By Hillel Aron
By Joseph Tsidulko
By Patrick Range McDonald
By David Futch
By Hillel Aron
By Dennis Romero
By Jill Stewart
By Dennis Romero
There’s nothing accidental about a chance conversation on a city bus, even on the commuter special heading west on Wilshire Boulevard before sundown on a Friday evening. When, from the back, a voice called out, “Hey, do you know how far it is to Westwood?” I became suspicious. No one, not even a feckless tourist, breaks the solitude — and the occasionally near-perfect interior monologue — of a bus ride. Whoever does is instantly marked as a crazy, a hustler, or worse.
The bus happened to be empty, with just six passengers, and when I’d gotten on, I’d noticed the man who was now asking questions. Dressed in a dark T-shirt, and what looked like penitentiary-issue blue jeans, he appeared impervious to pain, and capable of dishing it out. He was lean, and strong, and his eyes were intent, engaged. I pictured myself like Arthur Sammler, Saul Bellow’s lost, detached, bus-riding Holocaust survivor, thoroughly menaced by a pickpocket.
“In time or distance?” I replied.
By answering, I had issued an invitation for the man to move forward and grab a seat directly across the aisle. “How long before we get there?” he asked as he sat down.
And then, after I’d answered, he began his actual line of interrogation. “You know anything about cocaine?”
“Not much, really. I don’t like speed,” I said, hinting at my bona fides. Inwardly, I began sizing him up. He seemed too clean-shaven. I could see no tattoos. His blue eyes were clear. His hands steady. His teeth sparkling white. Who was this guy? Was he trying to draw me into a nickel buy, then handcuff me?
“The thing is,” he continued, “I smoke a rock, and, like, man, for five minutes, I’m great. Then it starts. I hear voices talking to me. Inside my head. I take another hit, and the same thing. I’m fine for a minute, then the voices start talking again.”
Textbook schizophrenia. Too textbook. I suggested, rather disingenuously, that he was more likely to find an answer to the mysteries of coke at one of the research hospitals at UCLA than from a rube like me.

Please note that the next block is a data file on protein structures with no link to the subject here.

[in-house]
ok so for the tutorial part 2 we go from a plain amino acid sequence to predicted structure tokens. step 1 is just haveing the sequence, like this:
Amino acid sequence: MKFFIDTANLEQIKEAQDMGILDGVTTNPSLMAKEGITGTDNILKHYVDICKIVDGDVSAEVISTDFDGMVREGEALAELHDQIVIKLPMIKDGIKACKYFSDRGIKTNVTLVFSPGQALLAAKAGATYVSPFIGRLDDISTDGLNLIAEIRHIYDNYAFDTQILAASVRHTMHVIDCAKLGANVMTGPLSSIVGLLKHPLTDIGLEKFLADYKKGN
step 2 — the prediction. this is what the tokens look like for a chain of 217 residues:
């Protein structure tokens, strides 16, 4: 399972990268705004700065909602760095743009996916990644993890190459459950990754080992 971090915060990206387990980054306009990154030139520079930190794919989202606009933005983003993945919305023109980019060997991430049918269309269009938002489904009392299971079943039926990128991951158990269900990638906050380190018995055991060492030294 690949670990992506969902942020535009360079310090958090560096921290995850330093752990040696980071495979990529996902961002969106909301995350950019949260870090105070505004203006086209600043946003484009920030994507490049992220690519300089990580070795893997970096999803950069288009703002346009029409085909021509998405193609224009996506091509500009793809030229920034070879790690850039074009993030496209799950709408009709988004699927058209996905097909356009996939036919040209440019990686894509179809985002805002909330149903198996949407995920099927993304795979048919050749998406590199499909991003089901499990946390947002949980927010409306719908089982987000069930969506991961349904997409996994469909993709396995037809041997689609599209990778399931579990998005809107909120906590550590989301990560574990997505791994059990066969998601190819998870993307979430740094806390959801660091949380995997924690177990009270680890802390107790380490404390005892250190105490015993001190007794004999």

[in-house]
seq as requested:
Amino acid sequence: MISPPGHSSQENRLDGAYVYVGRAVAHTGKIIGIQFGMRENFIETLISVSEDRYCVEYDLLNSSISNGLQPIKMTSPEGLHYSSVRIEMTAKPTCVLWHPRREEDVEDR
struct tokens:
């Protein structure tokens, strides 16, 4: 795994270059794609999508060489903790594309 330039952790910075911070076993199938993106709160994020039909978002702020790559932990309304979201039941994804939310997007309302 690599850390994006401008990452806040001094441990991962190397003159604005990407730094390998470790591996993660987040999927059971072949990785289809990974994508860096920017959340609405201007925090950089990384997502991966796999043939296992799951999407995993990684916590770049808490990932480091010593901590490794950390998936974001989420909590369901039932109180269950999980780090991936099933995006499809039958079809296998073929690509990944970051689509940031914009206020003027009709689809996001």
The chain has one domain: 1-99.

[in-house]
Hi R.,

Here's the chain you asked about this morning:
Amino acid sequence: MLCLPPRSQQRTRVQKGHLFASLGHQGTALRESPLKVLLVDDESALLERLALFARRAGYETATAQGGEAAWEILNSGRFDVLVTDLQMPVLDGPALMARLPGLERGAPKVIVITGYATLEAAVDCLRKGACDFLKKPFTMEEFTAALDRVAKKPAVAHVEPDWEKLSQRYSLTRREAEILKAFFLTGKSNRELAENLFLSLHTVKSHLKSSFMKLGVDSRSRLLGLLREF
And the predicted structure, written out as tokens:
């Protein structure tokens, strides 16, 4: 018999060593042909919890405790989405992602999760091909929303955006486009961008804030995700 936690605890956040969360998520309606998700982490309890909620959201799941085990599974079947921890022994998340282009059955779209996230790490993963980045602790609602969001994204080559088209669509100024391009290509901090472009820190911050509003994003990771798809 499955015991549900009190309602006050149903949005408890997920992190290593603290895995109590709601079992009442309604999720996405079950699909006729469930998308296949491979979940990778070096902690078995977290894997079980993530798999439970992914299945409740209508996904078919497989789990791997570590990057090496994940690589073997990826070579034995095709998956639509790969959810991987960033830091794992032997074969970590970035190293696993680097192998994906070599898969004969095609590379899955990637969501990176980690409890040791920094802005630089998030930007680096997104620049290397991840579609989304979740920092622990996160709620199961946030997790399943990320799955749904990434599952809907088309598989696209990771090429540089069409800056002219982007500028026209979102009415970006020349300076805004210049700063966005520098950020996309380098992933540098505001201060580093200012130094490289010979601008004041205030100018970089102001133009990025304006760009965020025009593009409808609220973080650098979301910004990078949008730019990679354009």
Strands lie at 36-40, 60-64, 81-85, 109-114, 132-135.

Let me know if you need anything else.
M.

“You know, I worked on one of the big science buildings there,” he offered. “I was a carpenter, setting forms. But the meth got me. I made it through six stages,” he said, referring to a mason’s union apprenticeship program. “Just two more, I’d be a journeyman. When I was high, I would just drive back and forth to San Diego, all night. I would get in the car, with my credit cards, turn on the music — you know, when a song stops,” his narrative jumped, “you just kind of freeze. Where is that song? The next morning, I would see all these credit-card bills for all this gas and food, and I wouldn’t remember any of it. I’d drive there and back five or six times, 90 miles an hour, 100 miles an hour. I don’t have the Firebird anymore.”
“You grow up in L.A.?” I asked.
“Lakewood,” he said, as if that were elsewhere.
“Your dad a machinist?” Lakewood once thrived on defense-industry jobs, among them thousands of highly skilled machinists. My surmise wasn’t entirely far off.
“X-ray technician. Now he’s a radiologist. I don’t go back to Lakewood. I was married for seven years, and if I see her, it’s like chocolate on the hood of a car. Now I’m livin’ in the ___ Hotel” — I couldn’t quite make it out, maybe the Rosslyn or Madison — “and I can’t sleep. You close your eyes, and the guy next to you is stealin’ your stuff.”
By now the bus had sped its way from Fairfax to Beverly Glen. Westwood, his stop and mine, was coming up. “What are you doing in Westwood?”
“Panhandling. I already walked for eight hours today, delivering leaflets, for $25. That disappeared in five minutes,” he confessed. Still, he didn’t look tired, the way someone who’d been on his feet all day would. And there was the intimation in his comment on how quickly the money was used up. I structured my question carefully, thinking I’d avoid entrapment, if that’s what he was attempting.
“If you were buying, how much would a rock cost you?” No way could anyone construe this as a business transaction on my part.
“Five for one, two for 10, but I can get five for $25. Man, you know what I’d really like to do, though? Cook meth. Then I’d really make money.”
For a moment, he fell silent, then asked, “You don’t have any money, do you?”
“No,” I said, adding, unconvincingly, “that’s why I’m on the bus.” Guilt was beginning to supplant leeriness. I found myself becoming susceptible to his predicament.
“Hey, do you know if there are invisible people?” he at last inquired.
“I don’t think so.”
The driver announced, “Westwood,” and the man stepped into the well by the rear door, pulled out a comb the size of a large harmonica, and carefully neatened the whiskers of his blond handlebar mustache.
With a hint of self-loathing, I stepped off the bus and dipped my head toward my shoulder, like a big-league pitcher glancing toward first base — as if he hadn’t noticed my fear, and my arrogance. I was relieved to see him walking in the opposite direction. No more questions.